Oil prices fell by more than $1 to near $70 on Monday after Royal Dutch Shell said it was preparing to resume exports from a Nigerian oilfield abandoned over a year ago because of militant attacks.
The news came two days after Nigerian unions ended a general strike that had threatened to halt shipments from Africa's biggest oil producer.
London Brent crude, currently a better indicator of the global market than U.S. oil, was down $1.10 at $70.08 a barrel by 1156 GMT, off a low of $69.91.
It touched a 10-month high of $72.25 early last week on concern the Nigerian strike might disrupt oil exports.
U.S. crude fell $1.08 to $68.06.
Signs OPEC output is creeping higher to take advantage of high prices also helped tip the market lower.
The 10 OPEC members subject to oil production limits are expected to pump 26.8 million barrels per day in June, up from 26.7 million bpd the previous month, said Conrad Gerber, head of Petrologistics, which tracks tanker shipments.
The International Energy Agency, representing 26 industrialized nations, has repeatedly called on OPEC to raise production to take the heat out of prices that have risen from near $50 in January to within striking distance of a record high above $78. OPEC's next scheduled meeting is in September.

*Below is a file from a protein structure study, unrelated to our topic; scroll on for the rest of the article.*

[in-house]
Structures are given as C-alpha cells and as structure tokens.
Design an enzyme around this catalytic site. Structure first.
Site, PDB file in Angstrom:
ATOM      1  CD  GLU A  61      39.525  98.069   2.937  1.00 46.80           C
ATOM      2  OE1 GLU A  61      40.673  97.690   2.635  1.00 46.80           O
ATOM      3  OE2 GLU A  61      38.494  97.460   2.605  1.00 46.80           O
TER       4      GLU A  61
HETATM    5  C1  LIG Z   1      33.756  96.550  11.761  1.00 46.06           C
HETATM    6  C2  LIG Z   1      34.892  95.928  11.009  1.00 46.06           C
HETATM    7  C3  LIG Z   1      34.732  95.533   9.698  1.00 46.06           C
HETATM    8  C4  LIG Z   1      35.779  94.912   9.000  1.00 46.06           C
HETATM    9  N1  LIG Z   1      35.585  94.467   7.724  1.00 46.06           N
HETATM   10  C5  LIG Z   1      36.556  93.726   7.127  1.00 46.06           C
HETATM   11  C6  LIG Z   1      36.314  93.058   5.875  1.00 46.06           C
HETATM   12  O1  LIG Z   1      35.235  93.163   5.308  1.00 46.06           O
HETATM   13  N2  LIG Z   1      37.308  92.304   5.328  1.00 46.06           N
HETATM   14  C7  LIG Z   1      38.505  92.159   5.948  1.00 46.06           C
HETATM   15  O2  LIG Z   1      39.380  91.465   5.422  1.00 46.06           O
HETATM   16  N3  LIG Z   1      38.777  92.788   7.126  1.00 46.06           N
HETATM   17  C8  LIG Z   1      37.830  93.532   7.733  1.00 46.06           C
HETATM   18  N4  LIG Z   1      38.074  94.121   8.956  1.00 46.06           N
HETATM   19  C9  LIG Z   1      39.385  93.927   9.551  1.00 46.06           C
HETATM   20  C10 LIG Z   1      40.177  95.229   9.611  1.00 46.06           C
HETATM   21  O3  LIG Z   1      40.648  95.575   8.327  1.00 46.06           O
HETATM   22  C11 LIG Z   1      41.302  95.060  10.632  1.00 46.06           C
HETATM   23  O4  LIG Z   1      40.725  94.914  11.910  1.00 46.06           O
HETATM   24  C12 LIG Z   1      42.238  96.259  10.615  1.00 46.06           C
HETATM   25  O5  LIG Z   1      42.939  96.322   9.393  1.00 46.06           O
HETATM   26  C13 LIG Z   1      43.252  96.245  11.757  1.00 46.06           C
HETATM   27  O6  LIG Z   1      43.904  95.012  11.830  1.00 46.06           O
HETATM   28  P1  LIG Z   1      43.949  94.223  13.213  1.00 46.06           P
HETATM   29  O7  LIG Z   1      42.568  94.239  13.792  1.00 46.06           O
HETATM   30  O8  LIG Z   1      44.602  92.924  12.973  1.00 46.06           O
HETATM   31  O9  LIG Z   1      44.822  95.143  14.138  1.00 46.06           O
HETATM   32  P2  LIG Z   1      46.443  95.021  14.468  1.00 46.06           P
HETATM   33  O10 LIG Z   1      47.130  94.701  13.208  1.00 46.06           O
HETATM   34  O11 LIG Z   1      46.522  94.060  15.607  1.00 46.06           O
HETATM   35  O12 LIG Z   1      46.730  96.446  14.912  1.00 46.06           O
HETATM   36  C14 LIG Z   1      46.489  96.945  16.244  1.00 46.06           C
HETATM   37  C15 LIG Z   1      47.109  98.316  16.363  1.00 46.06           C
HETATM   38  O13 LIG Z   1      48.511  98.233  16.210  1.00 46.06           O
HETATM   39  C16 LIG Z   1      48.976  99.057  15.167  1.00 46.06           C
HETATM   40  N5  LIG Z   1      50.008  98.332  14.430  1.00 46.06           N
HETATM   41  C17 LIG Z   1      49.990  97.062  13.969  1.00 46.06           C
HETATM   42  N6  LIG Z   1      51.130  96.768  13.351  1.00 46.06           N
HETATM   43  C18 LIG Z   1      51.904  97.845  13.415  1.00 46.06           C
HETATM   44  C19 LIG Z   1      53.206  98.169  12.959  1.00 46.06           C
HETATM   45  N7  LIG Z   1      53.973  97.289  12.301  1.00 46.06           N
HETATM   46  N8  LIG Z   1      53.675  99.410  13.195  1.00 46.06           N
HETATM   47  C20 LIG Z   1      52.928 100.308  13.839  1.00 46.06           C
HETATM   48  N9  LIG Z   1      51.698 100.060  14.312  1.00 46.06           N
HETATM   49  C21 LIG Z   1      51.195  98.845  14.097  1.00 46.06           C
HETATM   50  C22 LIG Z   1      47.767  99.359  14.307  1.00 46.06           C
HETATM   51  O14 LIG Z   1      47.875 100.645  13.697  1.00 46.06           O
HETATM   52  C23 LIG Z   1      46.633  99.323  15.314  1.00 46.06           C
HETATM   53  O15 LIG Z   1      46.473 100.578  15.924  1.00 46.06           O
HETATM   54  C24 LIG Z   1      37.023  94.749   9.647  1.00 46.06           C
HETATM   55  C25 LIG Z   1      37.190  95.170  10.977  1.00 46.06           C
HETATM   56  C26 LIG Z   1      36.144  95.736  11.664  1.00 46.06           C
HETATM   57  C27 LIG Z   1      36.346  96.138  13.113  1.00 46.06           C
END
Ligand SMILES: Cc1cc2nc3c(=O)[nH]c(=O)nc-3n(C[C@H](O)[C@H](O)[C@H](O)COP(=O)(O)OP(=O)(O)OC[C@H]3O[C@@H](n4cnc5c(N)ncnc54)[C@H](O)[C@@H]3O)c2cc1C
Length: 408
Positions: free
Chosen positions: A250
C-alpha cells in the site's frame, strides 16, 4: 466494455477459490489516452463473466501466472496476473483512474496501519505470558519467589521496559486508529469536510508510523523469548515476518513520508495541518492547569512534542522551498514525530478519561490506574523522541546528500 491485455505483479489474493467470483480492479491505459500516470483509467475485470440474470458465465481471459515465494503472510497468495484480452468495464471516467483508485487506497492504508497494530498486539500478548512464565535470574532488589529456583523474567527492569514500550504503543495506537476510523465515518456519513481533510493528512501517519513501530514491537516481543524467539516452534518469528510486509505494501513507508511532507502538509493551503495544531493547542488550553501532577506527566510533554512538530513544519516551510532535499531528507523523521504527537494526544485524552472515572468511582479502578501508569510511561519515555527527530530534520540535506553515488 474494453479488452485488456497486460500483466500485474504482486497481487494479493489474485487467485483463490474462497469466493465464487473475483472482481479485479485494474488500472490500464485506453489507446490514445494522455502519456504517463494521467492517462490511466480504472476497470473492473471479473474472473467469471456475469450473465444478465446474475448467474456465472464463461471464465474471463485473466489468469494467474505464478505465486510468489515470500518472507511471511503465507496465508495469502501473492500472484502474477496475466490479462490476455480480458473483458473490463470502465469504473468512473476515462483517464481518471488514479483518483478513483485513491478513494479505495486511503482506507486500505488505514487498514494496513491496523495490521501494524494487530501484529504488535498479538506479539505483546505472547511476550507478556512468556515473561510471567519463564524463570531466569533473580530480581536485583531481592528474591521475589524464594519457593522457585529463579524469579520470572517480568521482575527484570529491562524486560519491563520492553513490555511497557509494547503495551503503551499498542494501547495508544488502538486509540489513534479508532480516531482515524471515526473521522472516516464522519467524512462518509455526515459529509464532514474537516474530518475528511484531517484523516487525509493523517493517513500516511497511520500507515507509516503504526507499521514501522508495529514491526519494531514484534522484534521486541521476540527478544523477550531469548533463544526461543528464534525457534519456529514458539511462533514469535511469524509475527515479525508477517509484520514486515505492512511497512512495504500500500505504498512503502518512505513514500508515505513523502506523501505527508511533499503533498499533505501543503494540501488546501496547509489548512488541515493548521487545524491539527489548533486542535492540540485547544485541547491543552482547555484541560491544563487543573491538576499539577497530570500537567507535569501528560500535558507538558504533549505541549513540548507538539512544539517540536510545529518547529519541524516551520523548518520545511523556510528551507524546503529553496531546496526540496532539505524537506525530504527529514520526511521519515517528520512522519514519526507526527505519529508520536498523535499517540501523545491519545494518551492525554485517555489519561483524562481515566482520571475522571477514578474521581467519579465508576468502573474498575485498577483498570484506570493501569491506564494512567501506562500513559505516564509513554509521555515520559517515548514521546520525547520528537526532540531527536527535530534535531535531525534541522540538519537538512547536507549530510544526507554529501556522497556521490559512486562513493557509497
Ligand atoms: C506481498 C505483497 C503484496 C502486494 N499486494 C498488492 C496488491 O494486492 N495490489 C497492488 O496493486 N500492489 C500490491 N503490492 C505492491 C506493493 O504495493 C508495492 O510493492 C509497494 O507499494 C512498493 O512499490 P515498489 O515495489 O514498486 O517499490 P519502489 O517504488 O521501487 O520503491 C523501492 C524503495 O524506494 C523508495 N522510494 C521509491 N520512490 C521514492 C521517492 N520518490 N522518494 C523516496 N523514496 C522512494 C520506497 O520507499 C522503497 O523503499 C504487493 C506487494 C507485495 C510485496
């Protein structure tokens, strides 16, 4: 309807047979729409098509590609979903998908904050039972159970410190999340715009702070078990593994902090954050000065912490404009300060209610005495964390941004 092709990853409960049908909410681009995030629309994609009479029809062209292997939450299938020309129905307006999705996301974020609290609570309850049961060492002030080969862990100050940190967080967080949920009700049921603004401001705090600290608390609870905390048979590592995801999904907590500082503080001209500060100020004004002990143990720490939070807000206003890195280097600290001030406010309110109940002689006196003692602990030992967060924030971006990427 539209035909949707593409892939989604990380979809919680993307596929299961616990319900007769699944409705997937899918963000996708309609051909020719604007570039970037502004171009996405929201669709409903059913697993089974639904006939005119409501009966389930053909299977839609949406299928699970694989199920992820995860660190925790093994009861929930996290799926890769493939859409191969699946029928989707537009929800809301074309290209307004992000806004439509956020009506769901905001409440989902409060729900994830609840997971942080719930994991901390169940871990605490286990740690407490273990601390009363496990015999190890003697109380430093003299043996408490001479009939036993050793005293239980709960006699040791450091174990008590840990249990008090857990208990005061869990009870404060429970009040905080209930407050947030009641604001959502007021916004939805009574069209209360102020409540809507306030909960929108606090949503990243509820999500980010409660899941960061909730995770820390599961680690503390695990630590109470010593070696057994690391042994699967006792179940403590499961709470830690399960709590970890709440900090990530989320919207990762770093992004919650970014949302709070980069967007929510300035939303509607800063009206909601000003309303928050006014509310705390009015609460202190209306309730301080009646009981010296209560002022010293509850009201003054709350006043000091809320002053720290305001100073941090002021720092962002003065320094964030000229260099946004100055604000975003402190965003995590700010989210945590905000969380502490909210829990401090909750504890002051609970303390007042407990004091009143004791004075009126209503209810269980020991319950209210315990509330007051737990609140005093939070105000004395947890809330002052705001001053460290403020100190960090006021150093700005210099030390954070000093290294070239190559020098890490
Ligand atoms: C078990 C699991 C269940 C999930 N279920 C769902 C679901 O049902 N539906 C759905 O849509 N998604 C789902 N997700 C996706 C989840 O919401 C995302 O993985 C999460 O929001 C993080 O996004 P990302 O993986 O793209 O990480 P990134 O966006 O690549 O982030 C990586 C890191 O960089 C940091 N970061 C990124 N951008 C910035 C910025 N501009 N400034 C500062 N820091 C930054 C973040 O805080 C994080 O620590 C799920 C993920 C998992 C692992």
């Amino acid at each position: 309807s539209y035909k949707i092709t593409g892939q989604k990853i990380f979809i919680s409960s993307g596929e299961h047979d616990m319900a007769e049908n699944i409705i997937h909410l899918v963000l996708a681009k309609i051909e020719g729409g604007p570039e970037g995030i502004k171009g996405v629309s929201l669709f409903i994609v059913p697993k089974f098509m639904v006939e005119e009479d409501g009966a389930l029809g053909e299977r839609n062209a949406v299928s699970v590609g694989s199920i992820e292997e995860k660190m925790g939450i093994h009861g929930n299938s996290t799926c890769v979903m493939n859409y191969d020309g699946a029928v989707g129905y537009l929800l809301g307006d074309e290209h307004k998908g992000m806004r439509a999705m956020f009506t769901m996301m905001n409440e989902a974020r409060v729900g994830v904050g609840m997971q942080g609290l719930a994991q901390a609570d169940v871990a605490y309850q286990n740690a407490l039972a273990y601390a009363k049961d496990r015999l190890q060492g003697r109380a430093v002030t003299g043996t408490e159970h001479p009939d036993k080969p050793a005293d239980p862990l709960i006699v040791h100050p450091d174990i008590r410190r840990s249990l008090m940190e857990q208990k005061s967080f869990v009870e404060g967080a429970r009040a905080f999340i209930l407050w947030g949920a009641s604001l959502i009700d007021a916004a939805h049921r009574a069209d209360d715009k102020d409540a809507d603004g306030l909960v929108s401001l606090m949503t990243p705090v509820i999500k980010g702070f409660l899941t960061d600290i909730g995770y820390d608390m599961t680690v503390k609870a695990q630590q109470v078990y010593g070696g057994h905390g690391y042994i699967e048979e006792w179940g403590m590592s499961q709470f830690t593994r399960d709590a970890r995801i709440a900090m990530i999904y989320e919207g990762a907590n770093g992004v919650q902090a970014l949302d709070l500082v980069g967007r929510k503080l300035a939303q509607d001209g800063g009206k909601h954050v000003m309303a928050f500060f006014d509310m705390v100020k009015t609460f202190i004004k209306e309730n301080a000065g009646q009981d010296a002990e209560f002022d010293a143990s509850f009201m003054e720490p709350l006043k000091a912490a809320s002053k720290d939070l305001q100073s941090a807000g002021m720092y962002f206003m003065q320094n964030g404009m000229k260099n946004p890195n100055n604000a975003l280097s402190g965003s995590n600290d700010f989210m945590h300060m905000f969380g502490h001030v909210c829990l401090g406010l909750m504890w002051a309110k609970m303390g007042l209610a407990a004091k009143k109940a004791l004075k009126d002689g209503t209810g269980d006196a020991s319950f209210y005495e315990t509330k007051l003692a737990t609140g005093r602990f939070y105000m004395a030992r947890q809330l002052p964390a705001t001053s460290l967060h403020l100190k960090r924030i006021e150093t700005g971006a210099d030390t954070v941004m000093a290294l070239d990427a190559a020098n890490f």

Nigeria's biggest foreign operator Royal Dutch Shell said its Forcados oil export terminal may resume operations in July, more than a year after it was shut because of militant attacks. A restart would add to supply of Nigerian crude, prized by refiners as it is easy to process into fuels.
Lower Nigerian output since 2006 has boosted world oil prices and prompted Shell to trim production forecasts. Around a quarter of Nigeria's total production is closed because of violence in the oil producing Niger delta.
There's still a fair bit of production offline. There are some good signs they might sort out these issues, but that's not near term, we're talking months, said Tobin Gorey, commodities strategist at the Commonwealth Bank of Australia.
The state of U.S. fuel supplies in the midst of the peak demand summer driving season should also keep prices supported.
Inventories of gasoline and heating fuel are sharply below seasonal norms, and refiners have thus far been unable to crank up output to refill them, U.S. data showed last week.
(We) believe that the continued stress on the U.S. refining system from the adjustment to more stringent product specifications could lead to further refinery outages, posing a downward risk to U.S. refinery runs, said Goldman Sachs.
Since late Friday, Texas refineries operated by Lyondell Chemical Co., Exxon Mobil and Valero all reported upsets, according to regulatory filings.
Speculators took a more bullish view of prices in the week to June 19, lifting their net length in gasoline markets to the highest in three-and-a-half years, while heating oil length rose to its highest since October 2003, data showed on Friday.
NYMEX crude oil speculators also boosted their net length, CFTC data showed.